Toledo firefighters get new evacuation policy

A department memo issued by Chief Brian Byrd said every firefighter is to leave a burning building if their radios no longer work

The Blade

TOLEDO, Ohio — Toledo firefighters who lost radio contact with dispatchers while fighting a fire this month now have a new evacuation policy to use in the event of any future such outages.

Toledo Fire and Rescue Department implemented the new evacuation policy today. A department memo issued Friday by Deputy Chief Brian Byrd said every firefighter is to leave the burning building if their radios no longer work.

The fire truck closest to the building will alert them by sounding its air horn three times, pausing, then sounding it another three times.

“Upon hearing the notice to evacuate, all members shall immediately exit the structure,” he wrote.

The firefighters will then gather outside. They will fight the fire from around the exterior of the building unless command staff deems it safe to use the devices as two-way radios even if they can no longer reach dispatchers.

On Oct. 1, the day of the radio failure, Battalion Chief Damon Williams wrote in a departmental email that a system and programming error led to the problems. Communications from radio to radio worked, but firefighters were without a connection to dispatch.

If the system experiences additional failure, the communications center will dispatch firefighters by phone and assign a channel for radio-to-radio communications. Department officials are also considering assigning an officer to serve as liaison between dispatch and command staff with a cell phone, he wrote.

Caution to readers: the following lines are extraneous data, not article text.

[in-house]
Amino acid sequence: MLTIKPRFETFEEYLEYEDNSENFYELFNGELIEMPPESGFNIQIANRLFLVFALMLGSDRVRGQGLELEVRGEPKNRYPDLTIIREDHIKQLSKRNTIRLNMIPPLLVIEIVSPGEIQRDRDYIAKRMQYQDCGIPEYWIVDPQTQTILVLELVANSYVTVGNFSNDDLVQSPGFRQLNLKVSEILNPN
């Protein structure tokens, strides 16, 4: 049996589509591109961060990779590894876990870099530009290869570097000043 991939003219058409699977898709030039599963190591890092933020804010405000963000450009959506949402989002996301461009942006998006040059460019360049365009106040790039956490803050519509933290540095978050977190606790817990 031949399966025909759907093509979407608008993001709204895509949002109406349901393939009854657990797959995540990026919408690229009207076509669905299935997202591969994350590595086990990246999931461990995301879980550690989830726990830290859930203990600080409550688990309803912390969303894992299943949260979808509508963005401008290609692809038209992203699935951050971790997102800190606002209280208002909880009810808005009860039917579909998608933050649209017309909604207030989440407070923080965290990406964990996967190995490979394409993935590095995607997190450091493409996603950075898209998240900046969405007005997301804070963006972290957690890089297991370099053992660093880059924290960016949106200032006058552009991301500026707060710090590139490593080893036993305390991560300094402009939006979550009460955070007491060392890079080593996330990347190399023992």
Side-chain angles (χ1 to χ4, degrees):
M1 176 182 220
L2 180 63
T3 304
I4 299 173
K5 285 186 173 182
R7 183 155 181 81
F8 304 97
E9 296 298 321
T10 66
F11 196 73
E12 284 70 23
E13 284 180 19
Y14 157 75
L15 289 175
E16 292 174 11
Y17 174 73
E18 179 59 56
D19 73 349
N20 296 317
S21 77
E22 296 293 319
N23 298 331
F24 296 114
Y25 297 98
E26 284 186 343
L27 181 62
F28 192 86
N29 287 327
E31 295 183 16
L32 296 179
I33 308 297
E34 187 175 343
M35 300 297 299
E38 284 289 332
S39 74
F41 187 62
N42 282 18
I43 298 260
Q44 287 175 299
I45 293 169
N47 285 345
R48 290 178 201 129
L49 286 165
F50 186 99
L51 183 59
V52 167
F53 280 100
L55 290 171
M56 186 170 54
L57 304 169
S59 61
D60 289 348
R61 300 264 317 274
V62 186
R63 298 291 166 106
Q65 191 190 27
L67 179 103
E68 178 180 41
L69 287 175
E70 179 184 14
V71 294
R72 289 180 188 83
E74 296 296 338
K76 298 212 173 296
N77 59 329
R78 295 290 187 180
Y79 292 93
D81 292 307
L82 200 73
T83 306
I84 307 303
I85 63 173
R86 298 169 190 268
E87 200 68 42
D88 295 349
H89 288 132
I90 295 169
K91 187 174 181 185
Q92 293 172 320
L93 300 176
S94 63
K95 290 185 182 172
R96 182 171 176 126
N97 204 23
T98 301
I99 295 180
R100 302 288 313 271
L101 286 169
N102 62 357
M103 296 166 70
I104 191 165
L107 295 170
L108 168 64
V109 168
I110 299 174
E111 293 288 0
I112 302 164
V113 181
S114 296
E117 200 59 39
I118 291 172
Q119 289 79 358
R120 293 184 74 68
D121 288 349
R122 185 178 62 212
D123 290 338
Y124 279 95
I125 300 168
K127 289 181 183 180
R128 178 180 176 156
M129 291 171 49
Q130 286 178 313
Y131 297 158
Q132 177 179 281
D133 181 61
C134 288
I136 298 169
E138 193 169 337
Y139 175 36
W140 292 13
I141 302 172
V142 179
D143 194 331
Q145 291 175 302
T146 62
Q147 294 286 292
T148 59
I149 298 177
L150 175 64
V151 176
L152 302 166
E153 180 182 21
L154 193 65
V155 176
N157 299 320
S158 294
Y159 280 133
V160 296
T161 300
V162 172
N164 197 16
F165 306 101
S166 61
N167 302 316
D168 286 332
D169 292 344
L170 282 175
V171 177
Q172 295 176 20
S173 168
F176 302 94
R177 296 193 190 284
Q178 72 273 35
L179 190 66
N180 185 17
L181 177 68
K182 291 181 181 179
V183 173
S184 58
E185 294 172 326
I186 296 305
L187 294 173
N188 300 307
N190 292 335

Deputy Chief Thomas Jaksetic, who oversees the department's communications bureau, said no residents were without service during the minutes-long radio failure. He was unsure of how long the system malfunctioned, but said the problem has been fixed.

This evacuation policy will help firefighters stay safe in case of an emergency, he said.

“Part of our mission is to plan for the unforeseen and unexpected,” Deputy Chief Jaksetic said.

He said the radio system beeps when it fails, but “depending on what they're doing, they may not hear the little beep.” A technical center for Motorola, which provides the radio, is automatically alerted during a failure as well.

Jeff Romstadt, Toledo Firefighters Local 92 president, said he's concerned the system has malfunctioned. The radio system is a necessary tool for firefighters to communicate.

“If that system totally breaks down, it's really a safety issue,” he said.

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